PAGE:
Do you have a stinging nettle in your yard? You’re not alone. Stinging nettles is an incredibly common weed in the US and Europe, and can be a nuisance in lawns and gardens. Although they’re common, but many people don’t know how to identify them and therefore aren’t sure what to do about the plant.
However, if you find yourself with an overgrown patch of this plant or one too close to your garden produce then read on! This blog post will help you figure out if there is a Stinging Nettle on your property and how to get rid of it if so.
What Is Stinging Nettle Exactly?
Urtica Dioica, more commonly known as Common Nettle, Burn Nettle, and Stinging Nettle, is as perennial flowering plant native to Europe and temperate parts of Asia and North Africa, but nowadays can be found in many temperate climates and countries all over the world.
Stinging nettle is so called for its infamous sting that it gives any people passing by if they touch it with bare skin. Many people are not aware of the dangers of coming into contact with this plant because it does not look like anything dangerous to them.
A person who touches this plant may experience redness, burning, itching, and swelling on the part of their body where they touched it. Sometimes even more severe reactions such as nausea and vomiting can occur if enough sap gets onto someone’s skin!
However, it’s not all bad. This plant has many uses as it contains vitamin A, C, K, iron and magnesium which are all essential for good health. Nettle soup is a very common dish in Northern and Eastern Europe. It can even be used in textiles as a fiber similar to linen.
If you are able to identify stinging nettle before you step on it, there are steps you can take to minimize the effects of the plant’s sting. Dock weeds, which often grow next to nettle weeds, supposedly have a soothing affect if their leaves are rubbed on the affected area, although this is not scientifically proven.
How Does Stinging Nettle Grow and Where?
Nettle is most common in temperate and northern climates, and is found less in southern Europe and North Africa, due to its need for moist soil conditions. It is found in every state in the U.S. except for Hawaii, and is especially prevalent in the northwest region due to its heavy amounts of rainfall.
This plant likes to grow near the edges of sidewalks or paths, as well as in places that have or have had human habitation. It thrives in soils that have elevated levels of phosphate and nitrogen.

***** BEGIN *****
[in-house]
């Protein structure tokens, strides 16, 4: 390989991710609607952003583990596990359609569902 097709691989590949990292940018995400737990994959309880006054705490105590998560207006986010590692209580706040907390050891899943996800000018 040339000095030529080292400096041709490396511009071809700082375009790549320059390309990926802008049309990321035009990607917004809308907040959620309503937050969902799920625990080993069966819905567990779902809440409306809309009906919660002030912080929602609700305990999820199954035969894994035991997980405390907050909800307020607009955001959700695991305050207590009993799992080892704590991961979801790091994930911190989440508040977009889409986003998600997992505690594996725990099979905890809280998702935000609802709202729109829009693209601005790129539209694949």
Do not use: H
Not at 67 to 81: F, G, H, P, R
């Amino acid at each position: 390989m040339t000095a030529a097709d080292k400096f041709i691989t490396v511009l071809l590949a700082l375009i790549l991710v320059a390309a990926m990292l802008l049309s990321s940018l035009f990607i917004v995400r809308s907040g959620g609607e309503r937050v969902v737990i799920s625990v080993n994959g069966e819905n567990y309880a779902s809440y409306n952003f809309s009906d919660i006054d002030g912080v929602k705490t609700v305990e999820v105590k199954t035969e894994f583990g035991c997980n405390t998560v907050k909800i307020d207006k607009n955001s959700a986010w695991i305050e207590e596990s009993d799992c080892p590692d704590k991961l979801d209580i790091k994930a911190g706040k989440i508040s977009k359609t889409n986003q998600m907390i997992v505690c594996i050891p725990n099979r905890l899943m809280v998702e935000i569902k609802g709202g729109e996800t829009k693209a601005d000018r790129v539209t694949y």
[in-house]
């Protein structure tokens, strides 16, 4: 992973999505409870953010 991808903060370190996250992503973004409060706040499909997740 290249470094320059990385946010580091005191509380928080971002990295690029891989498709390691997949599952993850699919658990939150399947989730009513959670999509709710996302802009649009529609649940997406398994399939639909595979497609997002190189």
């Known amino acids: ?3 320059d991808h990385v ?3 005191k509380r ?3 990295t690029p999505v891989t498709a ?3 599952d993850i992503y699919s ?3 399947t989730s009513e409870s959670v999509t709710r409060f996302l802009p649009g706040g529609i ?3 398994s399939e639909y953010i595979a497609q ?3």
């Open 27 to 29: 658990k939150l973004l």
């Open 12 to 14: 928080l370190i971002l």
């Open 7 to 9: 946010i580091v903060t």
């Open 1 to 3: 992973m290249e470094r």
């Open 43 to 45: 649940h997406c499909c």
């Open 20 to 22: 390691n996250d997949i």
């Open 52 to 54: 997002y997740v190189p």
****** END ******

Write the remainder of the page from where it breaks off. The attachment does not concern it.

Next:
What Does Stinging Nettle Look Like?
Stinging Nettle can grow between 3 and 7 feet tall in the summer, but dies down in the winter. Each plant grows a single wiry green stem, and from this stem branches off all of the leaves.
These leaves are shaped like hearts at the base and have very pointed tips. The leaves are serrated with jagged edges that resemble teeth or claws.
Both the stems and leaves also have many small hairs all over them. It is these tiny hairs – or spines – that make any direct skin contact with the plant feel very uncomfortable and cause itching sensations.
It also has small, green and brownish flowers that grow from the stem towards the top of the plant.
How To Eliminate Stinging Nettle From Your Garden
You’ve established there is Stinging Nettle in your yard and you want to eliminate it. What’s next? There’s a few techniques you can use to get rid of Stinging Nettle.
Whether you prefer organic or chemical ways to eliminate the plant from your yard, there are plenty of options available that should suit anyone’s needs and budget.
The first option to try when eradicating stinging nettle is to pull it out by hand. You could manually remove these weeds with some gloves and maybe even tongs or clippers, though it will be quite non-trivial if your infestation is large enough.
Pull up the nettle at least six inches from root level then discarding these plants into black plastic bags before throwing them away. Do this early in the spring or summer before the plant starts to flower, and use a fork or hoe to get the roots under the soil.
To avoid any painful potential side effects you should wear gloves and long sleeves and trousers when working around your yard so you don’t come into contact with it.
Another way to get rid of nettle is with chemical herbicides that use glyphosate as an active ingredient, such as RoundUp Poison Ivy Plus Weed Killer, or this Compare-N-Save Concentrate.
These chemical options can be purchased at your local hardware store and sprayed onto the plants until they turn brown, dying off over time. Read all the instructions before using weed killers, and be sure to wear protective clothing when spraying your garden.
How Does One Stop Stinging Nettle Before It Grows?
So, you’ve successfully eliminated all of the stinging nettle from your garden. How do you keep it that way?
One way to stop the growth before it begins is by removing any weeds that will grow into plants, then rake up all debris around your flowerbeds so they don’t provide an area for seeds to take root.
You can also apply a thick layer of organic mulch around any flower beds or garden areas. Compost or bark both work well. This will block the light from penetrating into the soil and keep the nettle seeds from germinating.
Maintaining good lawn-care practices will also help keep nettle out of your garden. When caring for your lawn, be sure to mow regularly and fertilize once a year with an organic fertilizer to ensure that your grass stays healthy and won’t provide the nettle with nutrients to grow.
Stinging nettle is a plant that can be found in many areas of the world, as well as many homeowners’ gardens. It often grows alongside other plants, so it may not even stand out to the untrained eye until too late.
We hope this article has helped you learn to identify stinging nettle and tell you how best to get rid of it from your garden. So if you’re ready to get started with eliminating this pesky weed once and for all, don’t hesitate!